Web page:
From Comcast SportsNetNEW YORK (AP) -- Judgment day has arrived for Barry Bonds, Roger Clemens and Sammy Sosa to find out their Hall of Fame fates.With the cloud of steroids shrouding many candidacies, baseball writers may fail for the only the second time in more than four decades to elect anyone to the Hall.About 600 people are eligible to vote in the BBWAA election, all members of the organization for 10 consecutive years at any point. Results were to be announced at 2 p.m. EST Wednesday, with the focus on first-time eligibles that include Bonds, baseball's only seven-time Most Valuable Player, and Clemens, the only seven-time Cy Young Award winner.Since 1965, the only years the writers didn't elect a candidate were when Yogi Berra topped the 1971 vote by appearing on 67 percent of the ballots cast and when Phil Niekro headed the 1996 ballot at 68 percent. Both were chosen the following years when they achieved the 75 percent necessary for election."It really would be a shame, especially since the other people going in this year are not among the living, which will make for a rather strange ceremony," said the San Francisco Chronicle's Susan Slusser, president of the Baseball Writers' Association of America.Three inductees were chosen last month by the 16-member panel considering individuals from the era before integration in 1946: Yankees owner Jacob Ruppert, umpire Hank O'Day and barehanded catcher Deacon White. They will be enshrined during a ceremony at Cooperstown on July 28.Also on the ballot for the first time are Sosa and Mike Piazza, power hitters whose statistics have been questioned because of the Steroids Era, and Craig Biggio, 20th on the career list with 3,060 hits -- all for the Houston Astros. Curt Schilling, 11-2 with a 2.23 ERA in postseason play, is another ballot rookie.The Hall was prepared to hold a news conference Thursday with any electees. Or to not have one.Biggio wasn't sure whether the controversy over this year's ballot would keep all candidates out."All I know is that for this organization I did everything they ever asked me to do and I'm proud about it, so hopefully, the writers feel strongly, they liked what they saw, and we'll see what happens," Biggio said on Nov. 28, the day the ballot was announced.Jane Forbes Clark, the Hall's chairman, said last year she was not troubled by voters weighing how to evaluate players in the era of performance-enhancing drugs."I think the museum is very comfortable with the decisions that the baseball writers make," she said. "And so it's not a bad debate by any means."Bonds has denied knowingly using performance-enhancing drugs and was convicted of one count of obstruction of justice for giving an evasive answer in 2003 to a grand jury investigating PEDs. Clemens was acquitted of perjury charges stemming from congressional testimony during which he denied using PEDs.Sosa, who finished with 609 home runs, was among those who tested positive in MLB's 2003 anonymous survey, The New York Times reported in 2009. He told a congressional committee in 2005 that he never took illegal performance-enhancing drugs.The BBWAA election rules say "voting shall be based upon the player's record, playing ability, integrity, sportsmanship, character, and contributions to the team(s) on which the player played.""Steroid or HGH use is cheating, plain and simple," ESPN.com's Wallace Matthews wrote. "And by definition, cheaters lack integrity, sportsmanship and character. Strike one, strike two, strike three."Several holdovers from last year remain on the 37-player ballot, with top candidates including Jack Morris (67 percent), Jeff Bagwell (56 percent), Lee Smith (51 percent) and Tim Raines (49 percent).When The Associated Press surveyed 112 eligible voters in late November, Bonds received 45 percent support among voters who expressed an opinion, Clemens 43 percent and Sosa 18 percent. The Baseball Think Factory website compiled votes by writers who made their opinions public and with 159 ballots had everyone falling short. Biggio was at 69 percent, followed by Morris (63), Bagwell (61), Raines (61), Piazza (60), Bonds (43) and Clemens (43).Morris finished second last year when Barry Larkin was elected and is in his 14th and next-to-last year of eligibility. He could become the player with the highest-percentage of the vote who is not in the Hall, a mark currently held by Gil Hodges at 63 percent in 1983.Several players who fell just short in the BBWAA balloting later were elected by either the Veterans Committee or Old-Timers' Committee: Nellie Fox (74.7 percent on the 1985 BBWAA ballot), Jim Bunning (74.2 percent in 1988), Orlando Cepeda (73.6 percent in 1994) and Frank Chance (72.5 percent in 1945).Ace of three World Series winners, Morris finished with 254 victories and was the winningest pitcher of the 1980s. His 3.90 ERA, however, is higher than that of any Hall of Famer. Morris will be joined on next year's ballot by Greg Maddux and Tom Glavine, both 300-game winners.If no one is elected this year, there could be a logjam in 2014. Voters may select up to 10 players.The only certainty is the Hall is pleased with the writers' process."While the BBWAA does the actual voting, it only does so at the request of the Hall of Fame," said the Los Angeles Times' Bill Shaikin, the organization's past president. "If the Hall of Fame is troubled, certainly the Hall could make alternate arrangements."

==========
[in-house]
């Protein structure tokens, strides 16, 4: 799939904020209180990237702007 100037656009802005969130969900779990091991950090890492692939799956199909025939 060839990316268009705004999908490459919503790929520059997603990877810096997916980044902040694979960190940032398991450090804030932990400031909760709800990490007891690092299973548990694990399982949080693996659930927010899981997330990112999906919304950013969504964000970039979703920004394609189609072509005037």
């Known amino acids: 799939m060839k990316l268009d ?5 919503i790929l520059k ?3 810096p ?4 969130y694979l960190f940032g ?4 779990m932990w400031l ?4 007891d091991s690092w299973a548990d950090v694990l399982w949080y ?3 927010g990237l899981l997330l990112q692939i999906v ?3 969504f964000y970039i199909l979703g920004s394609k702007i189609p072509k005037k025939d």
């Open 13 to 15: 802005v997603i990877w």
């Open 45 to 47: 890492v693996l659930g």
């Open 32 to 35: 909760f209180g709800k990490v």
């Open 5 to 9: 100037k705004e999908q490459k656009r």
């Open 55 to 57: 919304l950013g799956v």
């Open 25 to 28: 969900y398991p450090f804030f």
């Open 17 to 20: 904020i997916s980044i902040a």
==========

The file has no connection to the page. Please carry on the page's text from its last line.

High School Lites featured plenty of great action on Friday night as NBC Sports Chicago had highlights of many of the area's top matchups. Some playoff dreams came to fruition while others crashed and burned.